This is her chart of one of the pages, presented here with her express permission:
In her post to the Historic Hand Embroidery group on Facebook, Kathryn noted that in the original, there was something odd with the acorn panel – that the count inside the frame didn’t match that of the other strips that accompanied it. Lively discussion ensued. Some people opined that the strips were all cut on individual blocks, assembled into a page at the time of printing, and pointed to the large number of designs that appear in multiple books over time, put out by different publishers.
I agree that there was lively trade and outright reproduction (authorized or not) in early pattern books. There are many instances of designs appearing either verbatim (probably printed from the same blocks), and being re-carved with introduced errors and minute differences. And it makes perfect sense that in the high precision work of block production, carving separate strips would be more forgiving of errors. If a chisel slips, only one design would be spoiled – not the entire page.
However in this particular instance, I think that this piece was carved as a single, integral block. And the skew count for Acorns was a kludge, done when the carver realized that the design would merge into the border of the block and took pains to nibble one last partial-width narrow blank row from the wide border, to separate the leaf from it.
I have found two (possibly three) renditions of this page, all from various extant Pagano volumes.
From the L’Honesto volume (1550) held by the Sterling and France Clark Art Institute Library, available on Archive.Org:
Sadly the edition of L’Honesto in the Gallica collection in France (dated 1553) does not contain this page, but modelbooks were probably issued as folios rather than bound volumes (buyers later paid to have them bound, and decades could have elapsed before that happened), experienced hard wear, and it’s not unlikely that this one is only partial.
The plate however shows up again in a composed edition of Pagano’s later work, La Gloria et L’Honore di Point Tagliati, E Ponti In Aere (1556) now in the collection of the Metropolitan Museum in New York (Accession 21.59.1). There is some confusion in the museum’s presentation – it’s not clear if this page is included once or twice. There are two images of it each tagged with a different page number, plus one image with no page number tag. On all three the facing pages are identical, as are tiny print imperfections on the pictured plate; which leads me to suspect that (gasp) there is a mistake somewhere in the museum’s on-line listings:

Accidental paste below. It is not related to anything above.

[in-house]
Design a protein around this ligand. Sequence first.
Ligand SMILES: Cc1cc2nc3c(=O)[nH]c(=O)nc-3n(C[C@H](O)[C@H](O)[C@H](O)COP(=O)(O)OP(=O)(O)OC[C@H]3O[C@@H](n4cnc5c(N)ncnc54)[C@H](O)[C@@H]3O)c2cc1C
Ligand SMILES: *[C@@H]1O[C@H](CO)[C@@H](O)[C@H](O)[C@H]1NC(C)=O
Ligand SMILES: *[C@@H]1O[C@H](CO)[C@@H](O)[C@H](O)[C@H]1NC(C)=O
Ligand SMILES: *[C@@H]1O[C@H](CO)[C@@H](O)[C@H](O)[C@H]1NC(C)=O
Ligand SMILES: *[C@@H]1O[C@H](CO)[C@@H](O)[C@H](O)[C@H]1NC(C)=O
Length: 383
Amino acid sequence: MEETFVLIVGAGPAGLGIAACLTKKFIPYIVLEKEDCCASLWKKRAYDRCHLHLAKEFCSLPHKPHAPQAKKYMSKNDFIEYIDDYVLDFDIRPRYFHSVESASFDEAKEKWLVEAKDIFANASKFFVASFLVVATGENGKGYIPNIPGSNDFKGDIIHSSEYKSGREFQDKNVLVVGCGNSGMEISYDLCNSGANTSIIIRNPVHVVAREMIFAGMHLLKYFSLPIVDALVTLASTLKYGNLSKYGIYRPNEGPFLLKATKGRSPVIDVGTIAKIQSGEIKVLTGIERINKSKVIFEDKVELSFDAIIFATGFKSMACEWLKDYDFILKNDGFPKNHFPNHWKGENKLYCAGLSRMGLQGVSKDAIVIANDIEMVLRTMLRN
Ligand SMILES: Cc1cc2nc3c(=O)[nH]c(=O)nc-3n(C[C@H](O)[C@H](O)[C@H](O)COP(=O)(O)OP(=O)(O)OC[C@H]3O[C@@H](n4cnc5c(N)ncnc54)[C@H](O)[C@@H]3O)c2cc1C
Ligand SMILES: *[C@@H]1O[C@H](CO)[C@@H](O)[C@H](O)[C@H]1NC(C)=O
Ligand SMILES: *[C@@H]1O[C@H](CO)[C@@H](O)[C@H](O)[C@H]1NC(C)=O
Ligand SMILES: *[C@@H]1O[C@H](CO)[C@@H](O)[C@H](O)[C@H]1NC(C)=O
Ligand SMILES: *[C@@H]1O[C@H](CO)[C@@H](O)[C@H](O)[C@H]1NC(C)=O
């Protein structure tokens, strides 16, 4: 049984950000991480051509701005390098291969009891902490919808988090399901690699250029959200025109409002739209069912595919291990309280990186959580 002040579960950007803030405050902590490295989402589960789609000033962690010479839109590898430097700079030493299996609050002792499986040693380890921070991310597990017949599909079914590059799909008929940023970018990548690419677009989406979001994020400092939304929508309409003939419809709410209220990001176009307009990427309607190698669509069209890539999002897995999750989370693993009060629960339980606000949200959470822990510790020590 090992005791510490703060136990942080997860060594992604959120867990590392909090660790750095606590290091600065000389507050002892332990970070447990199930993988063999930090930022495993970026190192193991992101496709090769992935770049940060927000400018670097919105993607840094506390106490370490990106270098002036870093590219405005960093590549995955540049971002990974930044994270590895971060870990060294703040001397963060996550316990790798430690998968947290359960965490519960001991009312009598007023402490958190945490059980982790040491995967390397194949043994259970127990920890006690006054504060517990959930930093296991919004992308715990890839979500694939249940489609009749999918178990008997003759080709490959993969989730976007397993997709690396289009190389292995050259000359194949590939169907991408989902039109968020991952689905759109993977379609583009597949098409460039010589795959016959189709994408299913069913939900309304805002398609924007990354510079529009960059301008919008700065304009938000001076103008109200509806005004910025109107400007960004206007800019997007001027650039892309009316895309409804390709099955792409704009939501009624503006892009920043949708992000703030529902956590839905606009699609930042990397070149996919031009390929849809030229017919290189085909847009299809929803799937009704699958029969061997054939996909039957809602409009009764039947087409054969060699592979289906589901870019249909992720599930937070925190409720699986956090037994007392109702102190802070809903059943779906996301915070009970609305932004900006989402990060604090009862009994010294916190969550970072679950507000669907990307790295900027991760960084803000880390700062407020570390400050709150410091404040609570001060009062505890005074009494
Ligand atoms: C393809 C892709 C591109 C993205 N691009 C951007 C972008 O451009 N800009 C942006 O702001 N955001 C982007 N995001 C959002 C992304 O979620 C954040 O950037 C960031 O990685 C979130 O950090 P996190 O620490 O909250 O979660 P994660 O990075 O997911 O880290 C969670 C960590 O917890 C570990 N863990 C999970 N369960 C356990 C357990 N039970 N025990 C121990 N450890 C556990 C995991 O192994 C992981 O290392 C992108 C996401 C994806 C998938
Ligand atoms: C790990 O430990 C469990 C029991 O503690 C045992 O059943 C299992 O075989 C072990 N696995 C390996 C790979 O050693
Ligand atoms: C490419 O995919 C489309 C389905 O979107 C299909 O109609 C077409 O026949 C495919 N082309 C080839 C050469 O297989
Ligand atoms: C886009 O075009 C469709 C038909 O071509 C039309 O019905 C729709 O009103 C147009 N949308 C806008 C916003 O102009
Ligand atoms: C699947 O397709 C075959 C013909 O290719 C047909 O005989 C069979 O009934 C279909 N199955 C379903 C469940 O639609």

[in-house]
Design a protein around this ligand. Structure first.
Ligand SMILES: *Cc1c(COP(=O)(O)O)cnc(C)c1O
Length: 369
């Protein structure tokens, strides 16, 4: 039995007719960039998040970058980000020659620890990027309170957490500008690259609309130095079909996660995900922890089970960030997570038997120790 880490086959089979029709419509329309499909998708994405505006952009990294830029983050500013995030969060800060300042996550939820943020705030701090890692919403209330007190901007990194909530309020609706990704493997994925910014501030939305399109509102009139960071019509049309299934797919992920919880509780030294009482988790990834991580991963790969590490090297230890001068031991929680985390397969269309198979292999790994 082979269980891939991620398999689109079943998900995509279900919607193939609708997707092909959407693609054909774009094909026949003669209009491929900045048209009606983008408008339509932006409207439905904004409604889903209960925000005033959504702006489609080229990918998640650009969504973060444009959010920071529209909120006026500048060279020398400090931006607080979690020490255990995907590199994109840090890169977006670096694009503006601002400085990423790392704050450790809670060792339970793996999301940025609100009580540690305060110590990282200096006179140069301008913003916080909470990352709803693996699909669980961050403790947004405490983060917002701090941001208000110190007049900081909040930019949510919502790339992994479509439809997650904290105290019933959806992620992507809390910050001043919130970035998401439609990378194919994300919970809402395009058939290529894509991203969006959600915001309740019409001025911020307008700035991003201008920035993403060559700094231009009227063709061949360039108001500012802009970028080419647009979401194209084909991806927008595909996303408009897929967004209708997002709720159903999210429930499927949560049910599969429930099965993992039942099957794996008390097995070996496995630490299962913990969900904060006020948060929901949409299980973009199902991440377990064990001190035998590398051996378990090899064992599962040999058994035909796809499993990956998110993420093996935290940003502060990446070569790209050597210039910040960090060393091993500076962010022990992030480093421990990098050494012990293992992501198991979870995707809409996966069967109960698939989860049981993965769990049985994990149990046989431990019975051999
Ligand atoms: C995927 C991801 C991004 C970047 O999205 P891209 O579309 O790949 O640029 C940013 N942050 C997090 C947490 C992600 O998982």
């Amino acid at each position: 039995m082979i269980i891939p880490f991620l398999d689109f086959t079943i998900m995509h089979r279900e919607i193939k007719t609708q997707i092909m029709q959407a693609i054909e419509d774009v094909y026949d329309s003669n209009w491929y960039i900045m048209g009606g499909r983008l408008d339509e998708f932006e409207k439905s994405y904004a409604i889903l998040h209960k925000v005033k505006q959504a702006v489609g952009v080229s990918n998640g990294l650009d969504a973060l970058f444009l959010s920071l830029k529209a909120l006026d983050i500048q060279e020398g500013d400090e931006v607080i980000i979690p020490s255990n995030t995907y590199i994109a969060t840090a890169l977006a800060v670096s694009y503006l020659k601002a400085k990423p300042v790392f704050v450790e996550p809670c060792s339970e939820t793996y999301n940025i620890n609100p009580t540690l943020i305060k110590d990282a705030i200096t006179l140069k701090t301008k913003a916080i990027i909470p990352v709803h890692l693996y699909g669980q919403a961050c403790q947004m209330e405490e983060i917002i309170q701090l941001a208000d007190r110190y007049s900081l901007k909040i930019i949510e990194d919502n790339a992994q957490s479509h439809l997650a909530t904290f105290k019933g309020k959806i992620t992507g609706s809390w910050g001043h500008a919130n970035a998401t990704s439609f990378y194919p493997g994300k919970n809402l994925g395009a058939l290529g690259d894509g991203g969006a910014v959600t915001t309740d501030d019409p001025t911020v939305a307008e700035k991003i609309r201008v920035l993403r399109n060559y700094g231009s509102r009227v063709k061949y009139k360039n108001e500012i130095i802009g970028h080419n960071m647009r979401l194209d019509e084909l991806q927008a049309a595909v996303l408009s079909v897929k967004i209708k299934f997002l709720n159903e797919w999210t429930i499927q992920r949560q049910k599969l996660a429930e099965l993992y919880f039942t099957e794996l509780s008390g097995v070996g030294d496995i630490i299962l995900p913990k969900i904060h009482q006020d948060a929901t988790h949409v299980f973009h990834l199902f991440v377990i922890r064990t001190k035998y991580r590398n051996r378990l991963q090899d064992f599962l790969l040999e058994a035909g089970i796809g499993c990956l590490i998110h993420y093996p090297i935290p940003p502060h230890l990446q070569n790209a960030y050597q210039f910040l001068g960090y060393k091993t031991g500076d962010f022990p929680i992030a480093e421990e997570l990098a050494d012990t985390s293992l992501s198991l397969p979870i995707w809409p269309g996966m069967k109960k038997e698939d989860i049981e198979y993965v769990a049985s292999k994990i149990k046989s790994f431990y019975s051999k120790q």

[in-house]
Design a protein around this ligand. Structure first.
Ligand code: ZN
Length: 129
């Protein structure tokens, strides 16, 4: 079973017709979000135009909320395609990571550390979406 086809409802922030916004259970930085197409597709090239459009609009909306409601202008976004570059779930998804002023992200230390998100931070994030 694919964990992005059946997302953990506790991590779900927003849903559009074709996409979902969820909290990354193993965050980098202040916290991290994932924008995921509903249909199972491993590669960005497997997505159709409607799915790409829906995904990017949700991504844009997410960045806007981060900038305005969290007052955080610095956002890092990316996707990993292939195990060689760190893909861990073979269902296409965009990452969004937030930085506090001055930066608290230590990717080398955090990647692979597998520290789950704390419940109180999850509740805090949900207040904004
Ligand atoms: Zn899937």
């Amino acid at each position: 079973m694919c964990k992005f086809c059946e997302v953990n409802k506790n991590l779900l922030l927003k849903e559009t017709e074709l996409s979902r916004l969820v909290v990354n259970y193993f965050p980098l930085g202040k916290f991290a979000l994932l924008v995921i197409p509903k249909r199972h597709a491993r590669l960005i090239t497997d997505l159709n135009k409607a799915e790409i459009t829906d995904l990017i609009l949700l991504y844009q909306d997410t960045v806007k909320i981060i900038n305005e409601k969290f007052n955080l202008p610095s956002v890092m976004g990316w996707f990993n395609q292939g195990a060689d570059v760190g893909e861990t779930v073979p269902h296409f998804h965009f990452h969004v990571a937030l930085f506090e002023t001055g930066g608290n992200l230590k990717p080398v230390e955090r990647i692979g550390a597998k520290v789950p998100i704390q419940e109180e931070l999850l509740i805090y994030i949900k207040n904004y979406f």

- The link for the first image below.
- Link for the second image below.
- Link for the third image below.
I have found this plate and its constituent strips ONLY in these images. I have not found the plate as a whole in another work, nor have I found these exact strips (identifying mistakes and all) replicated in combo with other strips in other Pagano works, or in issues by Vavassore (a close associate).
However other designs do appear to wander. Or do they…..
I’ve noted a couple of these before – but those tended to be full page designs. How about clear instances where a page of designs was created from constituent individual blocks, and those specific blocks can be spotted in different compositions/pages?
It’s surprisingly difficult to find evidence of independent re-use of identifiable single-strip or single motif blocks. Even for a very recognizable and common design that at first glance looks like a single block that wandered among several pages.
Here’s a well represented one. The Chicken Page. (My own shorthand name for it, nothing actually official.) This design shows up again and again, and persists over the ages in folk embroidery styles of Sicily, the Greek Islands, and up through Eastern Europe and into Russia. It’s meant to be rendered in double running (or back stitch) and in modelbooks often appears with other designs of similar technique on the same page. For a very long time I thought there was only one chicken. But not so.